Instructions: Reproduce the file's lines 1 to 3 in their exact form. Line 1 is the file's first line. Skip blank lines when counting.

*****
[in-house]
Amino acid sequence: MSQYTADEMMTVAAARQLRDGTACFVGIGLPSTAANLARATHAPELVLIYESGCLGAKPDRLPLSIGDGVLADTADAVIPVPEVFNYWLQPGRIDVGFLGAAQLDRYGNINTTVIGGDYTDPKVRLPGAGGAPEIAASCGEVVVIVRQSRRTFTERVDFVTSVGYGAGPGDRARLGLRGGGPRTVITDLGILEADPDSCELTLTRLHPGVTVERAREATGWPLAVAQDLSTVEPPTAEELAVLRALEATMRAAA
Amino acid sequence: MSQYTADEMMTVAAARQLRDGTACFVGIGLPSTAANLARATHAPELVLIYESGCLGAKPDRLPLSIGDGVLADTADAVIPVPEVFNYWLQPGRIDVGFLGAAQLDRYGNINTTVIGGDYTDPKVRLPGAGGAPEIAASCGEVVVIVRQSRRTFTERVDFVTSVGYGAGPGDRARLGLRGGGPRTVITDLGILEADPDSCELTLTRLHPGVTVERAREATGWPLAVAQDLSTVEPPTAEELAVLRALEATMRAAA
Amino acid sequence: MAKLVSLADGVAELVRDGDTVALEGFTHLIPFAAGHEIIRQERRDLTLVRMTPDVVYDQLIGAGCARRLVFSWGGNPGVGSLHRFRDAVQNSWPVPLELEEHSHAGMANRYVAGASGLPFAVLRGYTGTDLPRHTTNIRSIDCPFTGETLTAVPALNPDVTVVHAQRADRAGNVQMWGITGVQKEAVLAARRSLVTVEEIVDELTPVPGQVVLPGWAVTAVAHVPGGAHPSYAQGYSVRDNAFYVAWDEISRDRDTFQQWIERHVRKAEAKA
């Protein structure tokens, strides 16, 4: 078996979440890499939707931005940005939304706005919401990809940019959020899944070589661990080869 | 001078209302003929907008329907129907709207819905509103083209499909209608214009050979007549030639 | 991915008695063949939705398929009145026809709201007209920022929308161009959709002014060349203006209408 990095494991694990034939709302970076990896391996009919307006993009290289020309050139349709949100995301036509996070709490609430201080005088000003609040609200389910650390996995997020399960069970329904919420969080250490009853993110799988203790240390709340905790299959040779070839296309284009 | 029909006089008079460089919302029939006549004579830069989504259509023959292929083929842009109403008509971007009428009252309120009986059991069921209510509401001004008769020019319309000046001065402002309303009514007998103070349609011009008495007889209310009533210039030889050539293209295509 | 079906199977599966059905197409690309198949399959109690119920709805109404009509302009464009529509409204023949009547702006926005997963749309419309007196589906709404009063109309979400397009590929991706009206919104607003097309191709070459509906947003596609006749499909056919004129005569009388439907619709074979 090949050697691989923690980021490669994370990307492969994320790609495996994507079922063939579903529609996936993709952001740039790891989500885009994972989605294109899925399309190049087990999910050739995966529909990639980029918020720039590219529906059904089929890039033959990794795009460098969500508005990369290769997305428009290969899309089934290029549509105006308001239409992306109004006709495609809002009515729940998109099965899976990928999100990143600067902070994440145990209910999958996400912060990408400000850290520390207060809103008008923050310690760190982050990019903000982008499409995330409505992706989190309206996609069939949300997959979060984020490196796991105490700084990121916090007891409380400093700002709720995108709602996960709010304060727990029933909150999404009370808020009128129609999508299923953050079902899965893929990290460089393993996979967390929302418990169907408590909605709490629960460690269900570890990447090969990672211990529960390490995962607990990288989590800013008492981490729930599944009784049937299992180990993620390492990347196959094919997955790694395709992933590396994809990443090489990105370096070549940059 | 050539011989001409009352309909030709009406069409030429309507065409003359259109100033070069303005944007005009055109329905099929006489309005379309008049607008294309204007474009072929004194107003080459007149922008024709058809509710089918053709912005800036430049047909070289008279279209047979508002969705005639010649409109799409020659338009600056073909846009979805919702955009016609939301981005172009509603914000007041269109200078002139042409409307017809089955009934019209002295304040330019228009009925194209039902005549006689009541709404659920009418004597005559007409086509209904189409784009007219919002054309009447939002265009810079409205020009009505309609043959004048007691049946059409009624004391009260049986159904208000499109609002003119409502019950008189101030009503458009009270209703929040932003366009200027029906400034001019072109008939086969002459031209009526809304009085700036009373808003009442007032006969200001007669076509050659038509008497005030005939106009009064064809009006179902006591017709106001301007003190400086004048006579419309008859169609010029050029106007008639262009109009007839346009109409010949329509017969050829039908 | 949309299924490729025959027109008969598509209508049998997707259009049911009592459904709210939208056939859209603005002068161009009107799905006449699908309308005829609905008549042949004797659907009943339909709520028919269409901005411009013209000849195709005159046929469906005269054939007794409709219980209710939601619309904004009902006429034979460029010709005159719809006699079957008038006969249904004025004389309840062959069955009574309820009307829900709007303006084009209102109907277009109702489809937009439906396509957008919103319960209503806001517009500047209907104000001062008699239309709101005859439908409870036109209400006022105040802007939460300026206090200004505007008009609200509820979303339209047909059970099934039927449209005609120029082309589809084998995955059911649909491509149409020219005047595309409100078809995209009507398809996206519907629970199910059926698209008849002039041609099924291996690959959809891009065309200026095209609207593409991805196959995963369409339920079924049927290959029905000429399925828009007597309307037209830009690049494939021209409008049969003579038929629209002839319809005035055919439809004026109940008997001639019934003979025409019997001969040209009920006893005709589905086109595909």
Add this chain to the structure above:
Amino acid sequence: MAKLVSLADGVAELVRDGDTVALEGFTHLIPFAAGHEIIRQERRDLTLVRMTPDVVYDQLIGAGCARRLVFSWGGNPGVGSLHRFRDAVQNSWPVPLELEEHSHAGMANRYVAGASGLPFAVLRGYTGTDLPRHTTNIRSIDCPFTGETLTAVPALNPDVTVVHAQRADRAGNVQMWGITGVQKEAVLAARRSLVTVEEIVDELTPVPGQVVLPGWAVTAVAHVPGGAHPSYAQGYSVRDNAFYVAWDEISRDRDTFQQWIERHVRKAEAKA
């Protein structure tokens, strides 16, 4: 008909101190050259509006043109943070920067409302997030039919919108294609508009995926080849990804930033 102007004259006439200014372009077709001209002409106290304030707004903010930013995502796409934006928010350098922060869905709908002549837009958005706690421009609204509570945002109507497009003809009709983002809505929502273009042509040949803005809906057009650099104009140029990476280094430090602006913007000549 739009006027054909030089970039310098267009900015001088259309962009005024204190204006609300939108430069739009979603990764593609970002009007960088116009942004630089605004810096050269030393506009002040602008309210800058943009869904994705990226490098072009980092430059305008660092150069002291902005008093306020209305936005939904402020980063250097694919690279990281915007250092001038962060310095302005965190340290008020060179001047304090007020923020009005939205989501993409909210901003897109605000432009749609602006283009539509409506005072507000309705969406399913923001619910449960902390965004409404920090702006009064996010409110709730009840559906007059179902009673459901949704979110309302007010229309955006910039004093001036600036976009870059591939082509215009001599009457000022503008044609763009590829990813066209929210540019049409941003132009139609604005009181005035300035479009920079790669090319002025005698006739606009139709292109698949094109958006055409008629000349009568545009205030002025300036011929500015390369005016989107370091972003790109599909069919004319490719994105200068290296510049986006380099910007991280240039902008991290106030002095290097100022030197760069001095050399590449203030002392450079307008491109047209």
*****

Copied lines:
[in-house]
Amino acid sequence: MSQYTADEMMTVAAARQLRDGTACFVGIGLPSTAANLARATHAPELVLIYESGCLGAKPDRLPLSIGDGVLADTADAVIPVPEVFNYWLQPGRIDVGFLGAAQLDRYGNINTTVIGGDYTDPKVRLPGAGGAPEIAASCGEVVVIVRQSRRTFTERVDFVTSVGYGAGPGDRARLGLRGGGPRTVITDLGILEADPDSCELTLTRLHPGVTVERAREATGWPLAVAQDLSTVEPPTAEELAVLRALEATMRAAA
Amino acid sequence: MSQYTADEMMTVAAARQLRDGTACFVGIGLPSTAANLARATHAPELVLIYESGCLGAKPDRLPLSIGDGVLADTADAVIPVPEVFNYWLQPGRIDVGFLGAAQLDRYGNINTTVIGGDYTDPKVRLPGAGGAPEIAASCGEVVVIVRQSRRTFTERVDFVTSVGYGAGPGDRARLGLRGGGPRTVITDLGILEADPDSCELTLTRLHPGVTVERAREATGWPLAVAQDLSTVEPPTAEELAVLRALEATMRAAA